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Japan's Kyoto Temporarily Bans Rude Tourists from Taking Photos of Geisha Without Consent

Repeated incidents of misbehavior from rude and impolite tourists involving trespassing and misbehaving with Geisha has compelled Kyoto to take a stand.


Updated:October 28, 2019, 6:05 PM IST
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Japan's Kyoto Temporarily Bans Rude Tourists from Taking Photos of Geisha Without Consent
A Geisha walks Kyoto in March, 2009 | Image credit: AFP (Representational)

Japan has decided to crack down on tourists visiting the historic Gion neighborhood in Kyoto, home to the Japanse Geisha.

Millions of tourists flock to Kyoto every year to take a step back in time in the well-preserved, old-timey culture and local flavour of the city. However, repeated incidents of misbehavior from rude and impolite tourists involving trespassing on and photographing private property or grabbing Geisha and maiko (apprentice Geisha) off streets to forcibly take photos of or with them - has compelled the city to take steps against curbing such frivolity.

An association made of local residents and shop keepers in the city's Gion District have voted in favor of a temporary ban on tourists entering and photographing private streets, especially in the vicinity of Hanamikoji street. Residents have been printing and circulating fliers and posters reminding tourists of maintaining good etiquette when approaching with a Geisha or maiko while warning them to keep off private streets and property.

The new rules came into effect on Oct 25 and a fine of ¥10,000 (approximately Rs 6,500) has also been put in place. The pilot project, which will be in effect till December, is being carried out by the Land, Infrastructure, Transport and Tourism Ministry in co-operation with the Kyoto government.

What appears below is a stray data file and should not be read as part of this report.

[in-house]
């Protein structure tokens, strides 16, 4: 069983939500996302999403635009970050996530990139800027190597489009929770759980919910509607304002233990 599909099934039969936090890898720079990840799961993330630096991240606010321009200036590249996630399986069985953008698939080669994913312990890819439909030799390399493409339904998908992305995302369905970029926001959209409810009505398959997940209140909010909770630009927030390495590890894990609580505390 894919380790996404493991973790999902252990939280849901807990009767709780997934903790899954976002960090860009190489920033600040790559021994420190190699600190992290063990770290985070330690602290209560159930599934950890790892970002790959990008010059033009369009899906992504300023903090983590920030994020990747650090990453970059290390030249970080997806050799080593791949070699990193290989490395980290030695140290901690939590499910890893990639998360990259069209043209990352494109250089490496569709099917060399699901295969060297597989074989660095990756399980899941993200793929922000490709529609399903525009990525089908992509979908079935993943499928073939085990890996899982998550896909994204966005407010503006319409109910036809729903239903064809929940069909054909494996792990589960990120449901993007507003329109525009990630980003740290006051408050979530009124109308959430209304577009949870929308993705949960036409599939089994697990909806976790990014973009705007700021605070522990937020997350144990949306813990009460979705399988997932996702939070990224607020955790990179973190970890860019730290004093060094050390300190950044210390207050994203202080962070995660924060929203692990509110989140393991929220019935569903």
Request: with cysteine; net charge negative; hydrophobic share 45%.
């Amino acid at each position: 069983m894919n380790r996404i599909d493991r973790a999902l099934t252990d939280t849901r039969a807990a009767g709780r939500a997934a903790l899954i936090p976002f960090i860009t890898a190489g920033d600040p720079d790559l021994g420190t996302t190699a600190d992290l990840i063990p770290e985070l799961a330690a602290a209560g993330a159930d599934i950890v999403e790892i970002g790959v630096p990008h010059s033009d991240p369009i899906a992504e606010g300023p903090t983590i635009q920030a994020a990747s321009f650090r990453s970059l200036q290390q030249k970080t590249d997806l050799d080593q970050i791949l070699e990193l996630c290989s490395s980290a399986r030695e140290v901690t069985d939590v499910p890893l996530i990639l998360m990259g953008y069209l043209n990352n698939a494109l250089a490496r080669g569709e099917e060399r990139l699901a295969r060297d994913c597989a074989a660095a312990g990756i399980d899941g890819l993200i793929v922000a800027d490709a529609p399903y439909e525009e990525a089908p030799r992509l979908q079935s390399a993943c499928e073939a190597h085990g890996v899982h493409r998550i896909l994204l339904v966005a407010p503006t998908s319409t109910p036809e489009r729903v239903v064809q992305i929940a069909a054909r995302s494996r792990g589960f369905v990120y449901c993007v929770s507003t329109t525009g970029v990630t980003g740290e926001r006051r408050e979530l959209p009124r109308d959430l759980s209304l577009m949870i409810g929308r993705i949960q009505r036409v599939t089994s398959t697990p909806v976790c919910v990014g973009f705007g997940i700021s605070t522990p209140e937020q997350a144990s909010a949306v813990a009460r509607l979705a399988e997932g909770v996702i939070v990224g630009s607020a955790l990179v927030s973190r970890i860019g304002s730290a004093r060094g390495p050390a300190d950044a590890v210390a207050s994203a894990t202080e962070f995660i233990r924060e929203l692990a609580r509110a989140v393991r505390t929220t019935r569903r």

According to NHK News, Mimiko Takayasu, the chief of the residents' body said that imposition of the ban was meant to preserve the culture and tradition of Gion.

In 2017, the quaint, temple-rich town of Kyoto received over 53 million tourists. As per new rules which are also being circulated among tourists via text messages, tourists are not allowed to snap photos of geisha without consent, touch traditional lanterns that fill Kyoto streets or walk from the middle of the road.

Geisha, traditionally dressed women skilled in the preforming arts with painted faces and elaborate hairdos are part of Japan's ancient culture. However, Hollywood and pop-culture have made the image of the Geisha a familiar (albeit misunderstood) figure in many Western countries.

It is important for tourists to remember that Geisha are not sponsored by the tourism department and when one of seen on streets, she is usually going about her life and is as much a consenting adult as the tourists who may not wish to be snapped by strangers or spoken to at any given time.

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